It’s become as easy to buy a plant online as it is to order a new pair of sandals or a book, and as a result, there’s been something of an explosion in the number of places to buy plants on the internet. We’ve used Amazon’s Plants Store before, but we wanted to find out, once and for all, if some of the other, direct-to-consumer (often more expensive) options are actually worth it. So we dug deep and ended up ordering nine snake plants from nine different online greenery and plant retailers.
A bit about our methodology: We focused on merchants that sell houseplants and indoor plants, rather than flower bouquets or garden shrubbery. That’s also why we excluded succulent-only shops. To be included in our testing, the retailer must ship nationally and, finally, the potted plant must be delivered to your home, not a nursery or secondary pickup point. After narrowing the field to nine vendors, we combed through their inventories to find a control for this experiment, one type of plant that we could order from each for ease of comparison. The only houseplant sold at all of them was the snake plant, which was fine by us. It’s a low-maintenance plant that we’ve written about before because, according to experts, it’s an excellent plant for the office.
With that, we placed our orders and kept notes as the snake plants trickled in to the office over the next two weeks. As each plant arrived, we judged it on three criteria and gave it a numerical rating between 1 and 5:
Shipping: How long did it take for the plant to show up? What was the condition of the packaging? Did the plant seem secure? Was the packaging plastic-free?
Plant Quality and Health: How does the plant look? Did it get damaged in transit? Is it healthy, green, and vibrant or chewed up, yellowed, and wilting?
Care Instructions: Did the merchant offer any additional information about how to take care of your new plant? Is there contact information for the company, a way to reach out with questions about plant care (or customer-service complaints)?
Below, four of our favorite places to buy houseplants online.
Best place to buy a cheap (but surprisingly nice) houseplant
Shipping: 5 | Plant Quality: 5 | Care Instructions: 3
Yes, Amazon is an actually excellent place to buy a plant. It’s cheap, it’s fast, and the plant itself looks great. There are several third-party merchants that supply Amazon’s Plants Store, and we went with the snake plant from Costa Farms, because that is where writer David Notis purchased his fiddle-leaf fig tree to great success. And our experience with the snake plant was very similar to his with the fiddle-leaf fig. The Amazon package was the first to arrive, a speedy two days after placing the order, and the cardboard box was well marked with warnings about what was inside and how to best ship it: “Perishable, Rush, Live Plants, Keep From Heat and Frost, Handle With Care.” The plant itself was wrapped in brown paper and supported by two bamboo sticks, and upon pulling it out, it looked fantastic, especially given the price.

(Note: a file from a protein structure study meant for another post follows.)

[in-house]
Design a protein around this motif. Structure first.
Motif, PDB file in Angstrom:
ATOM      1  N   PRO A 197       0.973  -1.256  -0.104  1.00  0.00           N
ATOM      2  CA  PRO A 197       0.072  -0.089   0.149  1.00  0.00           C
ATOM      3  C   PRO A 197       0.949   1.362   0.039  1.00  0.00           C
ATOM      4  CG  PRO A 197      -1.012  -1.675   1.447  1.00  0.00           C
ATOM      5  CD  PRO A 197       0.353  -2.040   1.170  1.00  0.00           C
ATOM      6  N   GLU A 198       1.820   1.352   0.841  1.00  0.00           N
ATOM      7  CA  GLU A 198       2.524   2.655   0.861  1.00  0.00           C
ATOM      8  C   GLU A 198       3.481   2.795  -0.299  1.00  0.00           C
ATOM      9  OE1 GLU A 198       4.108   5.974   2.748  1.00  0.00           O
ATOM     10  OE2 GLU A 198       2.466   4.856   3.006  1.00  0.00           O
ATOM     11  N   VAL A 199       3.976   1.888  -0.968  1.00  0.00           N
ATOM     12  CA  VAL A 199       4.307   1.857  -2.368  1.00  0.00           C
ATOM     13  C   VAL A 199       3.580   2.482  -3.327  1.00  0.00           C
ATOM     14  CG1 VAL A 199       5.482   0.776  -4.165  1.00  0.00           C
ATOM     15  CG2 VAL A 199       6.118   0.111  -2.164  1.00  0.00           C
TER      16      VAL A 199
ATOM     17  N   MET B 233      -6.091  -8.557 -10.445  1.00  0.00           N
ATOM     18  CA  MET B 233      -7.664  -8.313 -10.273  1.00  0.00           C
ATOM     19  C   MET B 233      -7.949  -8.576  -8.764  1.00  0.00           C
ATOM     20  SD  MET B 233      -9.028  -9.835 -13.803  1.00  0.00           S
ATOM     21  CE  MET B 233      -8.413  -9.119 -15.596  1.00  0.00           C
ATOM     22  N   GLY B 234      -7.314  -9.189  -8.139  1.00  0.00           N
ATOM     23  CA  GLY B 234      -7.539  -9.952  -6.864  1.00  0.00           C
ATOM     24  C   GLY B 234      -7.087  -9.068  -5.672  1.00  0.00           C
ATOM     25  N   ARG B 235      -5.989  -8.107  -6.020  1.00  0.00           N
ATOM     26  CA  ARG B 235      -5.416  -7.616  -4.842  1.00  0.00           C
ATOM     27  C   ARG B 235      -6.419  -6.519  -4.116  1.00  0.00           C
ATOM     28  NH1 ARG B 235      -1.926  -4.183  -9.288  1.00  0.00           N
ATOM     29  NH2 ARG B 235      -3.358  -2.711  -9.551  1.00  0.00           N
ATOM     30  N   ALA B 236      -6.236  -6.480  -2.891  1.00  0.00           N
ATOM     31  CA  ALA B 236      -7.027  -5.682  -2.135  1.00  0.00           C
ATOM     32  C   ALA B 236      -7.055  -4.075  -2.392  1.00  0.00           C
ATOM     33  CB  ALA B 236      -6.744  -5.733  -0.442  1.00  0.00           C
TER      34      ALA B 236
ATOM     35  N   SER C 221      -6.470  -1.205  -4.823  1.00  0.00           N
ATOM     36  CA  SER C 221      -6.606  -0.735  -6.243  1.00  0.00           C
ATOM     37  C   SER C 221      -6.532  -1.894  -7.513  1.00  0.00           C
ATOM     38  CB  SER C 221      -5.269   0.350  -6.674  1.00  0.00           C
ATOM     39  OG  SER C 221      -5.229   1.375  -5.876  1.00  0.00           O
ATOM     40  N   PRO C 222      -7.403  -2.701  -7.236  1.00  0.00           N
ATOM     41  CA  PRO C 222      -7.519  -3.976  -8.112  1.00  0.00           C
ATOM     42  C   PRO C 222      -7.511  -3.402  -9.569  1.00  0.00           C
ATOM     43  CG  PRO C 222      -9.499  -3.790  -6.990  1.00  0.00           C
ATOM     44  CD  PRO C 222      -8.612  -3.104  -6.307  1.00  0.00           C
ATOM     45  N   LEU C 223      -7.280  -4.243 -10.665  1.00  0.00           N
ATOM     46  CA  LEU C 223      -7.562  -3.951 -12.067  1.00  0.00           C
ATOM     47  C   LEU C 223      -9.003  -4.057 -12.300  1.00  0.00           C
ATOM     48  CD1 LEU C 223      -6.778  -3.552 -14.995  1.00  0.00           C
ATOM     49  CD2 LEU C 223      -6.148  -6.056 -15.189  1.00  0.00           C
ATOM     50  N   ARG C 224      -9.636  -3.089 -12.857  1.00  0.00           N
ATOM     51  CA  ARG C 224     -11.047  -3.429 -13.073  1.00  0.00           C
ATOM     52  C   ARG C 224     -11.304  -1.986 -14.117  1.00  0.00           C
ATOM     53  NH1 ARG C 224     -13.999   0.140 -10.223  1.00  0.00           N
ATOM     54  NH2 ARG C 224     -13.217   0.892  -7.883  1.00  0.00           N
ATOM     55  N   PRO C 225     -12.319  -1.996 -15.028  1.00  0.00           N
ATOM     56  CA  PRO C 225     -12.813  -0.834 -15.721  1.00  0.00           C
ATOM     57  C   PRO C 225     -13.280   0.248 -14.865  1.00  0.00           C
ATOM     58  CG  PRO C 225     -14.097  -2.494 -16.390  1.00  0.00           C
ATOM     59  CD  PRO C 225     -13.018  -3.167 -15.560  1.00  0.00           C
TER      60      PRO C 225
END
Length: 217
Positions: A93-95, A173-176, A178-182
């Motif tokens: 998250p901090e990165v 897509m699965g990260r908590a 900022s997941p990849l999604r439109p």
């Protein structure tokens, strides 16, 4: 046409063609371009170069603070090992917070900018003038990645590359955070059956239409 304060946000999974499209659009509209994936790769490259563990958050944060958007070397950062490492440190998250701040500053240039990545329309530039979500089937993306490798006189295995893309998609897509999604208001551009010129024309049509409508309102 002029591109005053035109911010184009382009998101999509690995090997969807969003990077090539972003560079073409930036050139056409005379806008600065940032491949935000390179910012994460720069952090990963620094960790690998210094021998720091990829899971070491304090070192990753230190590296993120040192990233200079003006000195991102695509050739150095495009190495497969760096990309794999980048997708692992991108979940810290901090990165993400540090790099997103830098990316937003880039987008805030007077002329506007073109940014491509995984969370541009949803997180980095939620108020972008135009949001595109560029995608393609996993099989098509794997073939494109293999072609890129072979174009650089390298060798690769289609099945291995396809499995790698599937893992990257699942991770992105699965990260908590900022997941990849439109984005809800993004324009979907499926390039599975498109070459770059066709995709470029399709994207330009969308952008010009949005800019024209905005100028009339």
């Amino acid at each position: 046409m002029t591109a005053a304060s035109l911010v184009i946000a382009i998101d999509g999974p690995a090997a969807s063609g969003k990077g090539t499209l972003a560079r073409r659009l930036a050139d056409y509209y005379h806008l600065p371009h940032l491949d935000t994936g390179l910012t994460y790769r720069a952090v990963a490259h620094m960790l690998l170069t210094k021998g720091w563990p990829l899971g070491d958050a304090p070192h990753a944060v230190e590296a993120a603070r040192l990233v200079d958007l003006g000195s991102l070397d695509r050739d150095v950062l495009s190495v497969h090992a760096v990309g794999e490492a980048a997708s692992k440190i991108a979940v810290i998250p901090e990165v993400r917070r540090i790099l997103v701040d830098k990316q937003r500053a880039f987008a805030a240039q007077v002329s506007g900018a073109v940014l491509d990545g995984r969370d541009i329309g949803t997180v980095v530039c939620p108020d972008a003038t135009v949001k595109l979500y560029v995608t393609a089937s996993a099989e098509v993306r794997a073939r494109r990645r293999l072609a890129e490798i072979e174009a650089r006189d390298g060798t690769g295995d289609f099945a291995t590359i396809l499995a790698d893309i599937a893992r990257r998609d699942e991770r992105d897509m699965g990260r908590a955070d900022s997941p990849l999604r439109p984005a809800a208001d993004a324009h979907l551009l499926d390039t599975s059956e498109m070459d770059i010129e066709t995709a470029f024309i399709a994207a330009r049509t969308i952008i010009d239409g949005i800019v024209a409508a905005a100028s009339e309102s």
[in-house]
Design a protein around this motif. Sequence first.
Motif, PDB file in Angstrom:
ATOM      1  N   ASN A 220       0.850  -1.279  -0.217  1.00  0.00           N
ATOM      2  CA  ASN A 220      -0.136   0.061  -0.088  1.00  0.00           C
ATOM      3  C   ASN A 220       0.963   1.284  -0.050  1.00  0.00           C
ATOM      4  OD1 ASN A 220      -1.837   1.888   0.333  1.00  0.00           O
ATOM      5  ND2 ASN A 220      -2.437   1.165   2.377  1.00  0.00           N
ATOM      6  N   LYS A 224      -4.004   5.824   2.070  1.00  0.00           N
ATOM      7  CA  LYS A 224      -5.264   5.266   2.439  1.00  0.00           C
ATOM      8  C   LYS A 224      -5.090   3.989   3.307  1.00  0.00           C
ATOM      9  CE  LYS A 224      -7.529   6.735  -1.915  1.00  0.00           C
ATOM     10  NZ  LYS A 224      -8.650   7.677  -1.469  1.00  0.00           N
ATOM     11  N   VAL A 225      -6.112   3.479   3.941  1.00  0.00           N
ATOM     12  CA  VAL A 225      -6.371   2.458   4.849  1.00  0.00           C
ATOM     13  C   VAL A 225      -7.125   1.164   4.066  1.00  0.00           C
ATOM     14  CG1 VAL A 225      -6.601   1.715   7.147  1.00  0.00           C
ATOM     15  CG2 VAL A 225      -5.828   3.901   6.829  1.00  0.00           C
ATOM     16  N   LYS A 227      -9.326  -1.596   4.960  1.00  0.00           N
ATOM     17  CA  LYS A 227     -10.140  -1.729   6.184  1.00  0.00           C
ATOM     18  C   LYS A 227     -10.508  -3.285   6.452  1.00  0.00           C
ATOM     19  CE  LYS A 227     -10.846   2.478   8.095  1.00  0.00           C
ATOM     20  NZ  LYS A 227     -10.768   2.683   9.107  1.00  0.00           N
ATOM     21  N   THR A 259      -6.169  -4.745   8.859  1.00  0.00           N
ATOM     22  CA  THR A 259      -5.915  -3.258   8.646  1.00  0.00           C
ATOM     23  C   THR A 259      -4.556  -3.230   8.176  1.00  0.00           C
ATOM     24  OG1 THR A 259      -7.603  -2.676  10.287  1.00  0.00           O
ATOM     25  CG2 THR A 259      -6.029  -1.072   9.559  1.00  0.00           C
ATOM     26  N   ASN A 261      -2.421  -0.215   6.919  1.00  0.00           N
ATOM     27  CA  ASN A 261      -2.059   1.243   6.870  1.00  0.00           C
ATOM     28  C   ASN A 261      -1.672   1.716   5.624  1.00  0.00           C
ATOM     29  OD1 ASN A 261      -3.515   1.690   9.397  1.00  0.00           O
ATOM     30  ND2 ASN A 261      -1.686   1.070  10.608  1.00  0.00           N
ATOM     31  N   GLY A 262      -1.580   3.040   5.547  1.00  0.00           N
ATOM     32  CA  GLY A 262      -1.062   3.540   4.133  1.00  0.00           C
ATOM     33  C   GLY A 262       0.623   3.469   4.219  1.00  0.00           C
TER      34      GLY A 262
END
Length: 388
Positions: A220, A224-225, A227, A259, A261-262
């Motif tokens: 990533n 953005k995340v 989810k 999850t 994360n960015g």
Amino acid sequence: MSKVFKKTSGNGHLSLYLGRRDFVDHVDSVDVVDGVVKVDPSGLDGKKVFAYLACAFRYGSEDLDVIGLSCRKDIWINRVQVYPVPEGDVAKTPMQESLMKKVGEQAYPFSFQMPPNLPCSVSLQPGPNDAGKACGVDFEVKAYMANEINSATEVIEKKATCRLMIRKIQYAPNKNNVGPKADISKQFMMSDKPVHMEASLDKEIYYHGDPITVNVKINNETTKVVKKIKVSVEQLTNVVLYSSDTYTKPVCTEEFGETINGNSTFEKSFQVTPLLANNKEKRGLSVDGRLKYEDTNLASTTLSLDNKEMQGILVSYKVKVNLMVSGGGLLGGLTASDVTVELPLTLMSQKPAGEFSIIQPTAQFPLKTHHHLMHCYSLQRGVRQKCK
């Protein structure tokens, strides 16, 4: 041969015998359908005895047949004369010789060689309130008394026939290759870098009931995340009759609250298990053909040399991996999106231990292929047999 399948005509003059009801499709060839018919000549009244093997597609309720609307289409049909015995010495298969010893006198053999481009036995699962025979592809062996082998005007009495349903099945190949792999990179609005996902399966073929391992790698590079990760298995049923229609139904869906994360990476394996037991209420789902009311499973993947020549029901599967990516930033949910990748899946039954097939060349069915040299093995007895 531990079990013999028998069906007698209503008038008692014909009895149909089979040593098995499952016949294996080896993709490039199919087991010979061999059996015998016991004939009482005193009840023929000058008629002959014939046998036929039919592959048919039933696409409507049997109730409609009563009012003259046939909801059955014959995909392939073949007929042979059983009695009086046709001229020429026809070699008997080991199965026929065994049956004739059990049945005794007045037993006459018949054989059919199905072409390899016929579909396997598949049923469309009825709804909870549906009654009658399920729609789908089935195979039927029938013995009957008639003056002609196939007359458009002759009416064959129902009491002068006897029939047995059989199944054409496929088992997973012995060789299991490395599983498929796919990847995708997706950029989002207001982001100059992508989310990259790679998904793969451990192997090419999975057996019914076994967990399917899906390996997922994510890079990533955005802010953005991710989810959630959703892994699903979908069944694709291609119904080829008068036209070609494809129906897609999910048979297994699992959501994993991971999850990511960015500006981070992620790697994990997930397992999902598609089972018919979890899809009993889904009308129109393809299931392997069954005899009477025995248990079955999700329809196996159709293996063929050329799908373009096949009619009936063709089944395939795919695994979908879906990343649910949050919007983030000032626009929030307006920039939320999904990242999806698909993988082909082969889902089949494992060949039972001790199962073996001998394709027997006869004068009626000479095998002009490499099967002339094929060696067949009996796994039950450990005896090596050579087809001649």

However, I wanted to know if this shipping success was due to Amazon or the third-party retailer. It turns out the Florida-based Costa Farms also supplies plants to other large retailers, like Home Depot and Lowe’s. So we ordered a second Costa Farms snake plant from Home Depot, and the result was very different. The package arrived in four days, not two, and though the plant itself looked about as healthy as the one from Amazon, but with some scratches on the top leaves, both the cardboard box and nursery pot were mangled. Plus, the plant from the not-Amazon retailer was about $7 more expensive after tax and shipping.
So it is Amazon that reigns supreme for convenience and cost. The one downside of going this route, however, is that no one’s there to hold your hand once your new plant arrives. There were minimal care instructions, tucked in between the leaves of the snake plant, with tips like, “Low water needs.” (However, there was a second sheet of paper that listed a phone number and email address to contact in case “your plant shows any damage due to shipping delays, cold temperatures, or a rough ride.”) The snake plant also arrived in a plastic nursery pot, which means you’ll have to buy potting soil and a big-enough planter and repot it yourself before you display it.
TL;DR: If you’re looking for a good value, and trying to maximize the amount of plant you’re getting for your money, Amazon is the way to go. But don’t expect any assistance once it arrives.